Marker Logo HMdb.org THE HISTORICAL
MARKER DATABASE
“Bite-Size Bits of Local, National, and Global History”
“Bite-Size Bits of Local, National, and Global History”
San Carlos in San Mateo County, California — The American West (Pacific Coastal)
 

San Carlos Station

1888 - 1988

 
 
San Carlos Station Marker image. Click for full size.
By Syd Whittle, October 29, 2006
1. San Carlos Station Marker
Inscription.  
Southern Pacific constructed this station in 1888 to meet the needs of the new town of San Carlos. The use of the Richardsonian Romanesque Revival style of architecture was exceedingly rare for railroad depots in California. This style and the use of Almaden sandstone are strong links to Stanford University and its architect, Charles Coolidge, who may have designed this station. The station has served as a church, post office, library and restaurant. It was designated as a city Landmark in 1976 and in 1984 it was added to the National Register of Historical Places.
 
Erected 1988 by The San Carlos Lions Club.
 
Topics. This historical marker is listed in these topic lists: Notable BuildingsNotable PlacesRailroads & Streetcars. A significant historical year for this entry is 1888.
 
Location. 37° 30.437′ N, 122° 15.617′ W. Marker is in San Carlos, California, in San Mateo County. Marker can be reached from the intersection of El Camino Real (State Highway 82) and San Carlos Avenue. Marker is located at the San Carlos Train Depot. Touch for map.
San Carlos Station Marker image. Click for full size.
By Syd Whittle, October 29, 2006
2. San Carlos Station Marker
Click or scan to see
this page online
Marker is at or near this postal address: 599 El Camino Real, San Carlos CA 94070, United States of America. Touch for directions.
 
Other nearby markers. At least 8 other markers are within 2 miles of this marker, measured as the crow flies. San Carlos Depot (a few steps from this marker); Thaddeus Kerns (approx. half a mile away); Pan American Airways "Philippine Clipper" Martin (M-130) NC-14715 (approx. half a mile away); City of San Carlos Veterans Memorial (approx. 1.1 miles away); Ralston Hall (approx. 1.6 miles away); S.M. Mezes (approx. 1.7 miles away); Sequoia Veterans Memorial (approx. 1.9 miles away); Carrington Hall (approx. 2 miles away). Touch for a list and map of all markers in San Carlos.
 
Also see . . .  Southern Pacific Depot. NP Gallery Digital Asset (Submitted on March 8, 2021, by Larry Gertner of New York, New York.) 
 
Additional keywords. Railroad Depot
 
San Carlos Station image. Click for full size.
By Syd Whittle, October 29, 2006
3. San Carlos Station
San Carlos Station image. Click for full size.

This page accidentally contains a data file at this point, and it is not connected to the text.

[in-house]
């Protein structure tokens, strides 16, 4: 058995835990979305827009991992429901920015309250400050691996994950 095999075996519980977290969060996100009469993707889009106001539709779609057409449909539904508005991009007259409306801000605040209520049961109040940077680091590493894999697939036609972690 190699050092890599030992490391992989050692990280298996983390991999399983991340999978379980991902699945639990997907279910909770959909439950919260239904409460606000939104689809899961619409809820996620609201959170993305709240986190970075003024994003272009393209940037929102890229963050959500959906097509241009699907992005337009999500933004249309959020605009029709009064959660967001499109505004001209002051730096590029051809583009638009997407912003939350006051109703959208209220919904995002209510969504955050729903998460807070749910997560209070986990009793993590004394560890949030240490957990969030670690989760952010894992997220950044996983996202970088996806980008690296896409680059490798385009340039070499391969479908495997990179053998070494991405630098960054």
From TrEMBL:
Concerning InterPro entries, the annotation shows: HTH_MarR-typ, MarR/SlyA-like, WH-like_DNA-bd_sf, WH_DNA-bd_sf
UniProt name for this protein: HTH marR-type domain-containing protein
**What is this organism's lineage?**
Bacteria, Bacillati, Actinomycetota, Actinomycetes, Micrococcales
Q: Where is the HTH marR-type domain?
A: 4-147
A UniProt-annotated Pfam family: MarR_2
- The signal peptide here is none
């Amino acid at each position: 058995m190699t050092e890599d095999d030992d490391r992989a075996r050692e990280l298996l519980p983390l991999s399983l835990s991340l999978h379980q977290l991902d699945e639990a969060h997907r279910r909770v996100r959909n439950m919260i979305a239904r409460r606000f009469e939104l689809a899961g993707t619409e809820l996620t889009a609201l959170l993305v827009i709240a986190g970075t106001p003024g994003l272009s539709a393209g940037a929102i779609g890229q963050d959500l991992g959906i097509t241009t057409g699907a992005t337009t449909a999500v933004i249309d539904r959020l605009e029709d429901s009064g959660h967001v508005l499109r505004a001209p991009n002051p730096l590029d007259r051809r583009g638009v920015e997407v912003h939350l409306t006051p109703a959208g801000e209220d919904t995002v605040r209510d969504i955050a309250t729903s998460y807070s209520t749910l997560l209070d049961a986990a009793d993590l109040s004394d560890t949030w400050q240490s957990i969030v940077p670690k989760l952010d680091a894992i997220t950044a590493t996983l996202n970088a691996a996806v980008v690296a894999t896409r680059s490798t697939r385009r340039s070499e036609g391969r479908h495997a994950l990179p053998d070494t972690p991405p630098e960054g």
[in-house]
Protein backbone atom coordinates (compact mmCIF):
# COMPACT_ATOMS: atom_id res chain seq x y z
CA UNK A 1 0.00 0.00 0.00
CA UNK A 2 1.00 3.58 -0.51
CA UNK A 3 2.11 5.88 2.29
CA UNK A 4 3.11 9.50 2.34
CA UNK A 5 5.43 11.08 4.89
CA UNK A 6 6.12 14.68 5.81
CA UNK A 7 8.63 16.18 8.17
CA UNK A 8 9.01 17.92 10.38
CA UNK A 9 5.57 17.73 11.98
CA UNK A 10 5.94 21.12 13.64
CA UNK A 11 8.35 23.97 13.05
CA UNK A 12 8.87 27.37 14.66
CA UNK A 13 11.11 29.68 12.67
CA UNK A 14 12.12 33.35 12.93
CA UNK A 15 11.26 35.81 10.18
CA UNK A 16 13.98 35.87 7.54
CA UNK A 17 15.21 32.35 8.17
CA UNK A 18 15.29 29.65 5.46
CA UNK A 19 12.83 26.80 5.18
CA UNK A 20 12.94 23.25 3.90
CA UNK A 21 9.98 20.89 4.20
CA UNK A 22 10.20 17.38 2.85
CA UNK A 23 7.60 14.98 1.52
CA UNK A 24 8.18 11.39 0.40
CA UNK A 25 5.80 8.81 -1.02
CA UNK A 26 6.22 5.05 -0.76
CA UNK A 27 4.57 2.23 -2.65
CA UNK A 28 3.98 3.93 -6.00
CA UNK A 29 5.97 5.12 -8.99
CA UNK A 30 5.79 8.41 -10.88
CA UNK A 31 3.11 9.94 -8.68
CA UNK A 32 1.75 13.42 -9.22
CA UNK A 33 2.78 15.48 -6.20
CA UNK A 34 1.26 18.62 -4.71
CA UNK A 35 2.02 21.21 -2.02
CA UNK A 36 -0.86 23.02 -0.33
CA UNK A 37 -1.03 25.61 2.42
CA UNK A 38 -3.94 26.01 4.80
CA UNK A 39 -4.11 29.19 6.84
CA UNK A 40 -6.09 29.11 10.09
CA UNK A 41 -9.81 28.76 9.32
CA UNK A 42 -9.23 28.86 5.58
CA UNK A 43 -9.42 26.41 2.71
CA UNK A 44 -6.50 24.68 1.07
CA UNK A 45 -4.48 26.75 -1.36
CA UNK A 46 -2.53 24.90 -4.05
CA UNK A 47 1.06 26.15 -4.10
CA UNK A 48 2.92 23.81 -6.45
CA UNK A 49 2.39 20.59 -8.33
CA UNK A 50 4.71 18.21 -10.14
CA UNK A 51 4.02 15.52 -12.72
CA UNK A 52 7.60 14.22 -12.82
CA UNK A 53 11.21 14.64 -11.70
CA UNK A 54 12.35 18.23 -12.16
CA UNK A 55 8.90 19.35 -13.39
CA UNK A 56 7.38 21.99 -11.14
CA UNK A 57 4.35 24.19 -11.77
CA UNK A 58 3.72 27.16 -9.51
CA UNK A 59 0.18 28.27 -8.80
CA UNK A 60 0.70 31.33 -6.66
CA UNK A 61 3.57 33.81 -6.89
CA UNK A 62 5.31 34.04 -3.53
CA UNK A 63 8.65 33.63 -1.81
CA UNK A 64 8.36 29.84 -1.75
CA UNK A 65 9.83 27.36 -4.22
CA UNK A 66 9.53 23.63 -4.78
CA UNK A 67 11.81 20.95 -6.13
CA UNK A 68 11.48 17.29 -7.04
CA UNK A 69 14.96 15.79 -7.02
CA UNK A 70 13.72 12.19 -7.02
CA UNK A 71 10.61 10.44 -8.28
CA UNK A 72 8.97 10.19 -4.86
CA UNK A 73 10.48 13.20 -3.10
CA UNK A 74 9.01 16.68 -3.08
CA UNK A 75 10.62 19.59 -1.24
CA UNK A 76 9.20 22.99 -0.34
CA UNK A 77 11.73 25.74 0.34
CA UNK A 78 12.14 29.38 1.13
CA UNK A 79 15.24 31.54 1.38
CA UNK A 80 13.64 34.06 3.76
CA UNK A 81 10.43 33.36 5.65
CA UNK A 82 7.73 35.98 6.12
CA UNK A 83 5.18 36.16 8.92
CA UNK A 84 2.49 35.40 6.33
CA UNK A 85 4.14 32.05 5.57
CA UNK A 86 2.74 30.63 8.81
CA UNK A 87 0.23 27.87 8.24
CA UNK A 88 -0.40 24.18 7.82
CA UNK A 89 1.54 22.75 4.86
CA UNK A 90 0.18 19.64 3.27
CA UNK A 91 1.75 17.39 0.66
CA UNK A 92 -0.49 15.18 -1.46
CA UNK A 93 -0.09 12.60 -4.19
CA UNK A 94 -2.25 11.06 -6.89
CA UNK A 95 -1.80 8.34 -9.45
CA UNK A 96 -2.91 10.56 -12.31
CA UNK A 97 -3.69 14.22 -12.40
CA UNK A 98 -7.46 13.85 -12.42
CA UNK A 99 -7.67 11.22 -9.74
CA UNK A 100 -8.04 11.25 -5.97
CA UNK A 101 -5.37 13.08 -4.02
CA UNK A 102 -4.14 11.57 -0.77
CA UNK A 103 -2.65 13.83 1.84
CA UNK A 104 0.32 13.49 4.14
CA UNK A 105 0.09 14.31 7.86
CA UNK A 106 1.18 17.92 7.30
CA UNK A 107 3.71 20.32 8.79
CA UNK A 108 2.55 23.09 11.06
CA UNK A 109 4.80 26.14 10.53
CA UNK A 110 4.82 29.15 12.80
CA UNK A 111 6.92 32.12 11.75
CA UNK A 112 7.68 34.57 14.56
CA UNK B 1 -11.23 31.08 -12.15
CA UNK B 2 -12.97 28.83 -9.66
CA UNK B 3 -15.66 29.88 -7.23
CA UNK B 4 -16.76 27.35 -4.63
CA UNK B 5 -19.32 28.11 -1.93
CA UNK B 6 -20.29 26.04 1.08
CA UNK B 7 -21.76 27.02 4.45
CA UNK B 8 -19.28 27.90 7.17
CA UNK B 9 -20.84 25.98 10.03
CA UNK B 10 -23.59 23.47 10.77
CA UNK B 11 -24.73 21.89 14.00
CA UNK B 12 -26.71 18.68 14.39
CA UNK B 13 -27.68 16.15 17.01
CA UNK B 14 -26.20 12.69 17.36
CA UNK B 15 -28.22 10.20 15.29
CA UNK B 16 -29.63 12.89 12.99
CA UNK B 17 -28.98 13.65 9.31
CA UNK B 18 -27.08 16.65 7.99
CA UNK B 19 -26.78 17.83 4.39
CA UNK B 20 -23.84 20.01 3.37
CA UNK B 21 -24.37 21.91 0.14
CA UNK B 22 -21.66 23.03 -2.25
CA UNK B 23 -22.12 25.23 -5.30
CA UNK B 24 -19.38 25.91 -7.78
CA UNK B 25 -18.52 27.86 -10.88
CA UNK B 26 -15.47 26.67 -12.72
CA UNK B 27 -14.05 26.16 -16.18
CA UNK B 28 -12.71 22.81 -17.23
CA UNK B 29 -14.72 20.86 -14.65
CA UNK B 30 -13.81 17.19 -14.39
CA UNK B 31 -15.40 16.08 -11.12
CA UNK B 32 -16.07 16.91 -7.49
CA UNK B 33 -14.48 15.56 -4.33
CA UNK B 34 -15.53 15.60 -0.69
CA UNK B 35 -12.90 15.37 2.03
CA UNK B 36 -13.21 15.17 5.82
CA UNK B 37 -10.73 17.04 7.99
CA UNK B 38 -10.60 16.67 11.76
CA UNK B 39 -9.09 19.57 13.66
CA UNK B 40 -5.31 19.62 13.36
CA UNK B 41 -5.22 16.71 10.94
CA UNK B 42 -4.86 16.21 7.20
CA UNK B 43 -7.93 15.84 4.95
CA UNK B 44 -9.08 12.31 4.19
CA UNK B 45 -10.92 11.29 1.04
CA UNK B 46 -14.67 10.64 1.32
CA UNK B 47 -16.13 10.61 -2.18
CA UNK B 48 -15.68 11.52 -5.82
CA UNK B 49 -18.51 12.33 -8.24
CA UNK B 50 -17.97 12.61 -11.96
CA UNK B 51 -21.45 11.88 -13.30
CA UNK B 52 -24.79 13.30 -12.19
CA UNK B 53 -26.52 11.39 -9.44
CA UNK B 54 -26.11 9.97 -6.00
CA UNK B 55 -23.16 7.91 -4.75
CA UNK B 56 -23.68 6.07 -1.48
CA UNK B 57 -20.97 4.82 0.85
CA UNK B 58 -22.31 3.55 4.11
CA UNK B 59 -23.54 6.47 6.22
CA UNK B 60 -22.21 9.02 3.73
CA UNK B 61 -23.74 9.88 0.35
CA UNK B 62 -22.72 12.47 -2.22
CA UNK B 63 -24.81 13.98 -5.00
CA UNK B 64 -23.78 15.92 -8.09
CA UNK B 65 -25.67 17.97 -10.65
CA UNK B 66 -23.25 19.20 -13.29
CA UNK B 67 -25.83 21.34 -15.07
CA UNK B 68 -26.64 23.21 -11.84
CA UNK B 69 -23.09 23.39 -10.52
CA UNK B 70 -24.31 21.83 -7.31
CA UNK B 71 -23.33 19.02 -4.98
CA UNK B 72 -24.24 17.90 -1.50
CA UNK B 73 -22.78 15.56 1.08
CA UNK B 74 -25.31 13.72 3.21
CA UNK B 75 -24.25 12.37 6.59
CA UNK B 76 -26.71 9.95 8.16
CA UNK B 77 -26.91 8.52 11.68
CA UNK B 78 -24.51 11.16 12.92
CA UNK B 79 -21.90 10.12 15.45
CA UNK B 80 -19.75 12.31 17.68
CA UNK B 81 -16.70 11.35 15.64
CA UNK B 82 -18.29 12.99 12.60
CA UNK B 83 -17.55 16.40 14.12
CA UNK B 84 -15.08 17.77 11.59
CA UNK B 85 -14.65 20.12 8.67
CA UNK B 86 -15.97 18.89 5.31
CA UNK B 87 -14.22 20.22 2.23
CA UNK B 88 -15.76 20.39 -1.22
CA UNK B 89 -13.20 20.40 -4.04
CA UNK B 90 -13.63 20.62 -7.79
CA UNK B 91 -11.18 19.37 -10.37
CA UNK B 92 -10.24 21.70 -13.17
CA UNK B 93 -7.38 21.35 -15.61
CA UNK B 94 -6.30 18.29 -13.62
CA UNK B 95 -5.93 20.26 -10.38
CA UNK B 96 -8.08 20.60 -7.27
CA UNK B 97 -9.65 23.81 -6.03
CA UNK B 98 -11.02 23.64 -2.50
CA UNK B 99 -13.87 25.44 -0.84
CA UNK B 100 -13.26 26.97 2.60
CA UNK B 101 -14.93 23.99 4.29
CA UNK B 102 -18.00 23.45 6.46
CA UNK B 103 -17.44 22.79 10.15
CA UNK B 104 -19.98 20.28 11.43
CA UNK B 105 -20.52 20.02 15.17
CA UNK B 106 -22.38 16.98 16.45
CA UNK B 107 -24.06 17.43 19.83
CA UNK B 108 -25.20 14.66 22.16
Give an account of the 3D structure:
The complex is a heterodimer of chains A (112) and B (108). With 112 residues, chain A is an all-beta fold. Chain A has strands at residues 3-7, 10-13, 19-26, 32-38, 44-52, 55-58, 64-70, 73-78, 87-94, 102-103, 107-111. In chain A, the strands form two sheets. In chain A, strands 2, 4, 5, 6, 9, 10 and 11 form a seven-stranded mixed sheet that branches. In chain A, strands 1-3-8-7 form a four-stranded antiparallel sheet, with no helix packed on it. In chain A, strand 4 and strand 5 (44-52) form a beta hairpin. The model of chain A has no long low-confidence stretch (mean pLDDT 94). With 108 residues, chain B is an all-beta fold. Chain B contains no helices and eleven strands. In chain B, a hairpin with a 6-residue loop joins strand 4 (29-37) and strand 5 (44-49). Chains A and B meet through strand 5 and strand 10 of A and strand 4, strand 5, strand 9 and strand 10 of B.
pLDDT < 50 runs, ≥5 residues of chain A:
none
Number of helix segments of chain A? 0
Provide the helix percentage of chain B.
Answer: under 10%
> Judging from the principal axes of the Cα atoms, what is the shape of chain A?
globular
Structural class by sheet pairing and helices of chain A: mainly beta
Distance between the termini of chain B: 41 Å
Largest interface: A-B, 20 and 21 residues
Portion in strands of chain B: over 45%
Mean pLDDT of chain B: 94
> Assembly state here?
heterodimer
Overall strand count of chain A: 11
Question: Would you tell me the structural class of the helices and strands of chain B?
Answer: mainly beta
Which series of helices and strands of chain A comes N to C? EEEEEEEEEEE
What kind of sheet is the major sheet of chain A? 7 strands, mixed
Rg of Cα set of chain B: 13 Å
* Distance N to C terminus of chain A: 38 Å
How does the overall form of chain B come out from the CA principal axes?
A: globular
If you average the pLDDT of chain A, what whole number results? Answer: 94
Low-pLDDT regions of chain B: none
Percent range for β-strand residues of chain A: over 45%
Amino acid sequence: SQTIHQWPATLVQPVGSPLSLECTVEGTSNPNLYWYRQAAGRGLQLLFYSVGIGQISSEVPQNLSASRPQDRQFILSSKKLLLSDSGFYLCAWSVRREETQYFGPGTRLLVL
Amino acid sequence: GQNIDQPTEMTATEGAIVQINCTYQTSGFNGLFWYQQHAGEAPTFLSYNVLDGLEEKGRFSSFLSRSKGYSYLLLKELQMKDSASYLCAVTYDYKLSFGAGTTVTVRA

By Syd Whittle, October 29, 2006
4. San Carlos Station
San Carlos Station Sign image. Click for full size.
By Syd Whittle, October 29, 2006
5. San Carlos Station Sign
San Carlos Station - image. Click for more information.
Historic American Buildings Survey (Library of Congress)
6. San Carlos Station -
HABS CAL,41-SACAR,1-
Historic American Building Survey (LOC)
Historical Building Survey Significance:
The Southern Pacific Depot at San Carlos is a rare example of the use of the Richardsonian Romanesque style in California railroad station architecture. It was the first permanent building erected by the San Carlos Land Company to form the nucleus for their speculative town development.

Also see attached link for additional photos.
Click for more information.
Reconstructed Baggage Doors image. Click for full size.
Historic American Buildings Survey (Library of Congress)
7. Reconstructed Baggage Doors
HABS CAL,41-SACAR,1-
These doors had been removed and lost by Southern Pacific in the 1960s or 1970s, and were reconstructed using original plans and historic photos for guidance.
Reconstructed Baggage Doors image. Click for full size.
By Syd Whittle, March 28, 2011
8. Reconstructed Baggage Doors
 
 
Credits. This page was last revised on March 8, 2021. It was originally submitted on September 3, 2008, by Syd Whittle of Mesa, Arizona. This page has been viewed 1,466 times since then and 16 times this year. Photos:   1, 2, 3, 4. submitted on September 3, 2008, by Syd Whittle of Mesa, Arizona.   5. submitted on September 4, 2008, by Syd Whittle of Mesa, Arizona.   6, 7. submitted on April 10, 2009, by Syd Whittle of Mesa, Arizona.   8. submitted on April 5, 2011, by Syd Whittle of Mesa, Arizona. • Kevin W. was the editor who published this page.

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Sep. 27, 2021